(TNS) — GeoVisual Analytics last week earned a major accolade: The Western Growers Association declared the Boulder data analysis firm the most promising innovator in the agricultural technology space.
But the growth potential of the business, at least in part, could hinge on factors largely out of the company's control.
GeoVisuals is one of several local businesses anxiously awaiting a Friday announcement from a Federal Aviation Administration task force on drones that will dictate whether they can be widely employed for commercial use.
"It will definitely help us" if the FAA loosens restrictions on commercial drones, said GeoVisual vice president of marketing Carl Kalin. "We process imagery (from drones), so the more drones there are, the more imagery will be processed."
Under current regulations, commercial use of drones is prohibited, with exemptions being granted on a case-by-case basis, a process that takes up to four months. More than 2,000 such exemptions have been awarded since September 2014.
In February, the FAA proposed new, less stringent rules that would allow for widespread registration of small, commercial drones — rules that, if adopted this week, would open up a myriad of business opportunities.
"If they can do it before June (2016), we've got a lot of growers who would love to have this before they plant in March or April," said Jason Barton of Boulder-based Agribotix, drone data collection and analysis firm. "Hopefully the FAA clears this up sooner rather than later."
Once the FAA clears it up, a lot of industries will have reason to celebrate.
On the horizon, drones will be deployed for firefighting, law enforcement, security, search and rescue, weather, underwater exploration, research and entertainment.
Those were the topics of discussion Tuesday night at the NewTech Longmont meeting on drones at the Longmont Museum in a packed auditorium.
"Drones used for aerial mapping and aerial inspections are being used more and more," said Olivier J. Brousse, founder and CEO of 3Dvistas, a Boulder company that designs, builds and flies autonomous drones for a variety of applications.
"I expect real time HD live re-transmission of aerial footage by drones, for news related organizations, to have a significant impact in the future. Drones used for humanitarian missions is also a promising application. Package delivery will be a significant application, but is still years away," Brousse said.
"From a technical point of view it can already be done now, but deploying such services on a large scale, reliably and safely within the national airspace will require considerable time," Brousse said.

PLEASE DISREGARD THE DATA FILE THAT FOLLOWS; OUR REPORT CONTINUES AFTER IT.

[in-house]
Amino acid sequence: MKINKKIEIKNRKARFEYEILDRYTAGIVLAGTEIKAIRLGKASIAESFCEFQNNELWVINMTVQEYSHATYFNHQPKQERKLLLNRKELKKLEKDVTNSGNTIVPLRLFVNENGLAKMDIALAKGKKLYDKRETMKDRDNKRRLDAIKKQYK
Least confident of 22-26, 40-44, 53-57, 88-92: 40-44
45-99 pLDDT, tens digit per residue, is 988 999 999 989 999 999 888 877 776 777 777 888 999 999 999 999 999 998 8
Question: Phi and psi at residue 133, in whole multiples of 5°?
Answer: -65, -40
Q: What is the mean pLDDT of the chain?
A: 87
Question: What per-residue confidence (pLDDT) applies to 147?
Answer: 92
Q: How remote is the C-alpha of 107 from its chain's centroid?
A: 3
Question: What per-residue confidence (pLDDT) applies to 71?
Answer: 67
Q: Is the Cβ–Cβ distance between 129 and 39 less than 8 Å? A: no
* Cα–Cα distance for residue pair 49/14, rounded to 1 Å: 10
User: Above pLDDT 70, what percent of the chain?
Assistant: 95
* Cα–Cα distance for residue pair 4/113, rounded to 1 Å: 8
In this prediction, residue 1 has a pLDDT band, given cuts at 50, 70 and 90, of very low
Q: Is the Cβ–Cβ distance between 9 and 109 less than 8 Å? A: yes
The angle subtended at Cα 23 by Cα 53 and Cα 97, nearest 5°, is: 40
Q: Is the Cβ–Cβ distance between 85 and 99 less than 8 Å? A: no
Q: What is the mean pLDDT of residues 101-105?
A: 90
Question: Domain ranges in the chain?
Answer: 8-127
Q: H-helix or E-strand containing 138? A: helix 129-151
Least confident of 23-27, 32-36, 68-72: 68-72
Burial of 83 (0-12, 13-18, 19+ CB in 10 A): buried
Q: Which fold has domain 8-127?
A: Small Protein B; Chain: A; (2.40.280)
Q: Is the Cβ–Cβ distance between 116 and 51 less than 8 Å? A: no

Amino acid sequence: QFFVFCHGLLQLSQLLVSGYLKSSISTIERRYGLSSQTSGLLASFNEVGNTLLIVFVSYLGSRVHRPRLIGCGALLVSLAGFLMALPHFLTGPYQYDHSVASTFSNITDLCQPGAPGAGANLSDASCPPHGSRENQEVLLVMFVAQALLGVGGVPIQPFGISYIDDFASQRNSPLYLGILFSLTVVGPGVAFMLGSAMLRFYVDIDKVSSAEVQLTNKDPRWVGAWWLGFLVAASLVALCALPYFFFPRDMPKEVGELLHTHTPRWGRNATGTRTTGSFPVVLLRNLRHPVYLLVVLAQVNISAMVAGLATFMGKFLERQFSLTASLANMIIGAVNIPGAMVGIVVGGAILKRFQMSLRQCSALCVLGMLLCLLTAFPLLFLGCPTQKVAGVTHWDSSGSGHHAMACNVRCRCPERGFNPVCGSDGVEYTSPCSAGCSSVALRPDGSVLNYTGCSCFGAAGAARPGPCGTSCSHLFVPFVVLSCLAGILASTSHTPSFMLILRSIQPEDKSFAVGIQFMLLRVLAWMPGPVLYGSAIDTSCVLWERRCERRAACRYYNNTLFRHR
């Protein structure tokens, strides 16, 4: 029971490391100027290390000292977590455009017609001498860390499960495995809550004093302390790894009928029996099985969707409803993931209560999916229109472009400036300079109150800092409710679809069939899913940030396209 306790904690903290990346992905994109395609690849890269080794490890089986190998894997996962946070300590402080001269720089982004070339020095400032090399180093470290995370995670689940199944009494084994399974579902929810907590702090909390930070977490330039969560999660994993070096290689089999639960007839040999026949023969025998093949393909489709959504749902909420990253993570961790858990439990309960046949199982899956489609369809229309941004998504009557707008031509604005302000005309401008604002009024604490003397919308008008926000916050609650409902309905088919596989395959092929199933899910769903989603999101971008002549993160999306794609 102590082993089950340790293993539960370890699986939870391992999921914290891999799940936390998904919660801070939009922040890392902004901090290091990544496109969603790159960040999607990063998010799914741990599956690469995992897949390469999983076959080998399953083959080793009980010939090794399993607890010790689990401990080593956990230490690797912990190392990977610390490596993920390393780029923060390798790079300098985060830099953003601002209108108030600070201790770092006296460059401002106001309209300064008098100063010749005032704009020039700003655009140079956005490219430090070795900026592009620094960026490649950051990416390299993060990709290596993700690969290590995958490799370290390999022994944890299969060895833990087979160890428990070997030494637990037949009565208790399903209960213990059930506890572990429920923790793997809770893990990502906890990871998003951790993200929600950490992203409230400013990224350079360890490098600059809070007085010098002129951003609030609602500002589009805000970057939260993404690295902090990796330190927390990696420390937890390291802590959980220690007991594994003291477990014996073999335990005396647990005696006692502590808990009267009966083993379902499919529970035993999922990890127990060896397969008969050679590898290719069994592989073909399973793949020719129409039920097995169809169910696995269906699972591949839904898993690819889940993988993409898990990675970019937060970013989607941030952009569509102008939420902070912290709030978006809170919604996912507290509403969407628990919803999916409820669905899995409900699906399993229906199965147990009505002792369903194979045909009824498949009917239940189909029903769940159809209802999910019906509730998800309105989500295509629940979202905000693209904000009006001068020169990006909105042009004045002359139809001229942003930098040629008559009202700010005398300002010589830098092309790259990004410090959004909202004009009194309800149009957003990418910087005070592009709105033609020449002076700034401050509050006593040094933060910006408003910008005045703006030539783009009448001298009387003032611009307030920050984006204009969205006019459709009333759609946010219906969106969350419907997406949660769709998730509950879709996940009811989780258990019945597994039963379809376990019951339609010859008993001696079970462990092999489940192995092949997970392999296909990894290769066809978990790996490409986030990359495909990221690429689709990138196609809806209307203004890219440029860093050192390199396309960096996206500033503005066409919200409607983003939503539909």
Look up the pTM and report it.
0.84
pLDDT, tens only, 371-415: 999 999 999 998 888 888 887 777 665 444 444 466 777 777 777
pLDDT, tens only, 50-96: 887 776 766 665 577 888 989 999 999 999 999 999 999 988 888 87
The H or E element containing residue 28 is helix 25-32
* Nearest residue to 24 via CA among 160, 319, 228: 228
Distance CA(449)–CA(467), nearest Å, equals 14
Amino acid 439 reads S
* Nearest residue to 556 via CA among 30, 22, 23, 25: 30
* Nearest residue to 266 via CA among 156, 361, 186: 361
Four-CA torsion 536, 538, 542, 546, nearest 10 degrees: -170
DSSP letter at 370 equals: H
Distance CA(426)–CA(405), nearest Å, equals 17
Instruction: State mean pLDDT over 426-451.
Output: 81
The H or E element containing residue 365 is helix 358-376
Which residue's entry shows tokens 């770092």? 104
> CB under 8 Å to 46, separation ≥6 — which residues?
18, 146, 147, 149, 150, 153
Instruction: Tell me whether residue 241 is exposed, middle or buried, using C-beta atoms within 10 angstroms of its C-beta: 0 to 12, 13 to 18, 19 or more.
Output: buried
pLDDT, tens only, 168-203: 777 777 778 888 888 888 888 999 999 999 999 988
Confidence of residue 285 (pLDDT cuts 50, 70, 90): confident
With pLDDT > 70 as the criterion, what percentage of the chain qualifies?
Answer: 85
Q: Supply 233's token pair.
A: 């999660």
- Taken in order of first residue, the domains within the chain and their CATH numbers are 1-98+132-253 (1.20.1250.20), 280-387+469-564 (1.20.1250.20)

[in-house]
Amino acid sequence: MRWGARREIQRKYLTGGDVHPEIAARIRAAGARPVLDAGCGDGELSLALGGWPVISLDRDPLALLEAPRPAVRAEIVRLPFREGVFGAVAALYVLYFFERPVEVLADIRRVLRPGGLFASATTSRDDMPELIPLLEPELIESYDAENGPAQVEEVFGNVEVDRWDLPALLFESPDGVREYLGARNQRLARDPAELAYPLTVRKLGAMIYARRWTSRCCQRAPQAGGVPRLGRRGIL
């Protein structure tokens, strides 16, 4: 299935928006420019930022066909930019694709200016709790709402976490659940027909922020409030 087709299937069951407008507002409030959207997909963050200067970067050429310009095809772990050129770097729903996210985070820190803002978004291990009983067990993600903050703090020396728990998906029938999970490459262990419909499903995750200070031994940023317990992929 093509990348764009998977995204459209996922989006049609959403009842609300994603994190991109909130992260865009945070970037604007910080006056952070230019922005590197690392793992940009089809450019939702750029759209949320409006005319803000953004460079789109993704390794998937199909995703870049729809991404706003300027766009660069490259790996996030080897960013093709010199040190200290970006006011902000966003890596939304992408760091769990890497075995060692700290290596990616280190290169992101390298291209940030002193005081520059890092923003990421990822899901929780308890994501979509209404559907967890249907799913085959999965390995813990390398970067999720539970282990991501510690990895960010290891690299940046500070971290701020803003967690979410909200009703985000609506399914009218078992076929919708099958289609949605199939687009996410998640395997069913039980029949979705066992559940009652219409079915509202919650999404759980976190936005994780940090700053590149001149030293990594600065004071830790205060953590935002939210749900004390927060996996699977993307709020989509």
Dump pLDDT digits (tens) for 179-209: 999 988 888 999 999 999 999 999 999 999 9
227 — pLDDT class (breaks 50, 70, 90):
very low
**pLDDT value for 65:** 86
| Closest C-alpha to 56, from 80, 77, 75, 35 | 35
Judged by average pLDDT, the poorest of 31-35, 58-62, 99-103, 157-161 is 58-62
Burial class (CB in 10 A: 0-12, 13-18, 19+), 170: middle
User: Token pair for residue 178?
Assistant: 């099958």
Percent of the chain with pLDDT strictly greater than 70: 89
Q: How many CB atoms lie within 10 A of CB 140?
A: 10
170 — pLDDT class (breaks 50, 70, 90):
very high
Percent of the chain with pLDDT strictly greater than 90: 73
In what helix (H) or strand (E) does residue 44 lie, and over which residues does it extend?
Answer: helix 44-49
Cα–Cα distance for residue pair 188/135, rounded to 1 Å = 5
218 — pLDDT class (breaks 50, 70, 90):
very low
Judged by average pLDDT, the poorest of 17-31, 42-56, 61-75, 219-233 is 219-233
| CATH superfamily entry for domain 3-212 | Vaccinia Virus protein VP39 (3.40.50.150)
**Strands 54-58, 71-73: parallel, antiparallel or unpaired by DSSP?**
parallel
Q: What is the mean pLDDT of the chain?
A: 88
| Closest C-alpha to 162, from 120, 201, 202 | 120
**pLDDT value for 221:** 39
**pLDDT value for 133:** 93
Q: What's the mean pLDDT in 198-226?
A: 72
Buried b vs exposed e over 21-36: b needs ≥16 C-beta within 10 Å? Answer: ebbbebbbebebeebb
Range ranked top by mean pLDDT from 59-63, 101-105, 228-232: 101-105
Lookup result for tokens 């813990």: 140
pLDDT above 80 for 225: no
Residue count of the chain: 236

Amazon already has a patented drone delivery system, and Google has said it plans to use drones to ship packages by 2017.
According to a 2013 report from the Association for Unmanned Vehicle Systems International, the economic impact of drones flying commercially in the U.S. is expected to be about $13.6 billion in just a few years and more than five times that by 2025. It will also create tens of thousands of new jobs, the association said. The report also said that by 2025, total job creation is estimated at 103,776.
"Drones are the most exciting industry today. Despite legitimate concerns about safety and privacy, drones will affect every facet of your life," said Roger Glovsky of NewTech Longmont at Tuesday night's meeting. "Within the next decade there will be an explosion of drones used in the air, on land, and in the water, both publicly and privately."
Leading that charge are expected to be the agricultural applications.
Currently, 150 companies and individuals nationwide have been granted exemptions for agricultural use, according to filings with the FAA.
Karlin said many smaller businesses are operating under the radar, flying drones over their farms without an exemption, which are often too costly and too hard to come by to be feasible.
That's a risk larger operations can't afford to take, Barton said, noting that Agribotix is in talks with some big farms that are waiting out the FAA to begin using drones. That's a shame, he argues, because the perks of the technology go beyond cost savings and include increased yields.
"For a lot of us, the environmental benefits are the most important," said Barton. "We can help farmers use less pesticide, fertilizer and water.
"It delivers such value, it's a no-brainer."
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